Previous recording experiments, which include songs tracked inside submarines, propeller airplanes, and on West Texas sand dunes, proves Royal Forest not only capable of creating ambitious recording scenarios, but that they have the dedication and talent to successfully execute them.
For their latest project, the local experimental indie rockers wrote, recorded, and filmed a song using Vine – a mobile app that allows users to create seven-second loops of video on their smart phones. Sticking to the medium, they recorded everything from Blake Lange’s syncopated beats to Cody Ground’s nostalgic vocals on iPhones at a drainage ditch near Balcones Park in North Austin.
The footage, taken over four days in September, involved the band lugging their instruments, including a drum kit and an acoustic piano, down a steep hill and perching on a high ledge sans railing to get the desired angles. The majority of the clips were taken within the cement storms drains running underneath the road that were then used for their distinct natural echo properties.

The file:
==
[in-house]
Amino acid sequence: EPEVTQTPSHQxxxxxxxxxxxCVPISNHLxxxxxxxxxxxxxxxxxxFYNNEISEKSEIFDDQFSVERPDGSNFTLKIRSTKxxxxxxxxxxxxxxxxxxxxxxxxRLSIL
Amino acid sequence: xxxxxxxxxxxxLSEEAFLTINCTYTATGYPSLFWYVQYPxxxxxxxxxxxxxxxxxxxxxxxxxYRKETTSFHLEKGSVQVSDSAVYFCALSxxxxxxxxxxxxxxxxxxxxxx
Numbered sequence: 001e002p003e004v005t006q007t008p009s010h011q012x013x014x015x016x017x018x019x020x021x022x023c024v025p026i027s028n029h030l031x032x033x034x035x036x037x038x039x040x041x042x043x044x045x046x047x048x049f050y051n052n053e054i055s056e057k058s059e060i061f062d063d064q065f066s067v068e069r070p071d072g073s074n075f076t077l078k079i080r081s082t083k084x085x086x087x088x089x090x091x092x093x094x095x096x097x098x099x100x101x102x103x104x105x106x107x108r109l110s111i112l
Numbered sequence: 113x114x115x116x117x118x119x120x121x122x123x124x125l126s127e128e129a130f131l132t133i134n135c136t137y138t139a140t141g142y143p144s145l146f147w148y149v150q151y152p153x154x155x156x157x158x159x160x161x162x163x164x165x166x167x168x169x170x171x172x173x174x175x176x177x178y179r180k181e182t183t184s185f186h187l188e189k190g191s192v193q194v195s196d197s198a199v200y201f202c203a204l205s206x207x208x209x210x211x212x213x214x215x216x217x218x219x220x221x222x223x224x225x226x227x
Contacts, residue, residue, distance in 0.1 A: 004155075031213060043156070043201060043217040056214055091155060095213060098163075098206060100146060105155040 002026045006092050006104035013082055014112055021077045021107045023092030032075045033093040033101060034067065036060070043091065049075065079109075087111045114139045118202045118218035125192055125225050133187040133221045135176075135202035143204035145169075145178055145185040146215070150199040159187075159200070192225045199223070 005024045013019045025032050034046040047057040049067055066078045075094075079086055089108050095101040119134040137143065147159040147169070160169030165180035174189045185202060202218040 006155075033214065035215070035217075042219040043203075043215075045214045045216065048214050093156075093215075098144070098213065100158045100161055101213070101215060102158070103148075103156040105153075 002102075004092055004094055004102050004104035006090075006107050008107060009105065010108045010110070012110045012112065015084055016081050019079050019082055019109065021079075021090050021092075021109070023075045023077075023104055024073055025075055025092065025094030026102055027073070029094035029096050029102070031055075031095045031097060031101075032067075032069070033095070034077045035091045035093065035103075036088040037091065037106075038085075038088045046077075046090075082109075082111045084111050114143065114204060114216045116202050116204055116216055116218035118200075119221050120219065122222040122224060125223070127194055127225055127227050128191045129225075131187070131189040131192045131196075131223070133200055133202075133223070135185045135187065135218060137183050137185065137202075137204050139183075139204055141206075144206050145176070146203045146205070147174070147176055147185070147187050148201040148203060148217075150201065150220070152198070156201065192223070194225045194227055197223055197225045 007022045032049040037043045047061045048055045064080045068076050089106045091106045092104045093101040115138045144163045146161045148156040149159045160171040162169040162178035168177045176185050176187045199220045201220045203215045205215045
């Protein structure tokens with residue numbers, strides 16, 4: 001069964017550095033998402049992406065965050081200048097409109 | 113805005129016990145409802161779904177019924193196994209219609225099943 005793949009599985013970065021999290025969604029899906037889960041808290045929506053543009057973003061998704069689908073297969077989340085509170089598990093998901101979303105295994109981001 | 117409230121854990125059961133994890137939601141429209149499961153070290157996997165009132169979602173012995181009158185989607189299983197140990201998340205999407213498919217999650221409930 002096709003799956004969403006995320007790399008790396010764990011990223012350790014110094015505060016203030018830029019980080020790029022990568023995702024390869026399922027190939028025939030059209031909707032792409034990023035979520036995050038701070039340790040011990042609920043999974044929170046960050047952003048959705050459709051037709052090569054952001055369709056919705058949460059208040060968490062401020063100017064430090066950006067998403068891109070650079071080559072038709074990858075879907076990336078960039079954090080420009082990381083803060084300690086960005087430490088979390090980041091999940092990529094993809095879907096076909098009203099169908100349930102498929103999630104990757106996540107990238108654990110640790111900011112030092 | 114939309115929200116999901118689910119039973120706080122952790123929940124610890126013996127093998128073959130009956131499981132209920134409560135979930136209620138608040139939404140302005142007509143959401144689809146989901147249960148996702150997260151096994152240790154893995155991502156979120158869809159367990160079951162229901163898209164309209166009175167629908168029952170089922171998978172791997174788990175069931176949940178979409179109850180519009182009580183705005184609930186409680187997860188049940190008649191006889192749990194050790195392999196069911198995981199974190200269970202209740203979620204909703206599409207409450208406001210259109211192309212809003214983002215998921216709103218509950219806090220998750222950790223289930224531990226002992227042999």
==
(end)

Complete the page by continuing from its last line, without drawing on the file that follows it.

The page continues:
Royal Forest recorded “Keeping Time” from the ground up, which meant a lot of musical improvisation and technical jerry-rigging. Of the four iPhones used, only one came away with a cracked screen. All told, many dozens of clips were recorded and uploaded onto Vine then patched together into a music video that proves you can take a simple, portable technology intended to feed our culturally short attention span, and use it to create something artistically viable.
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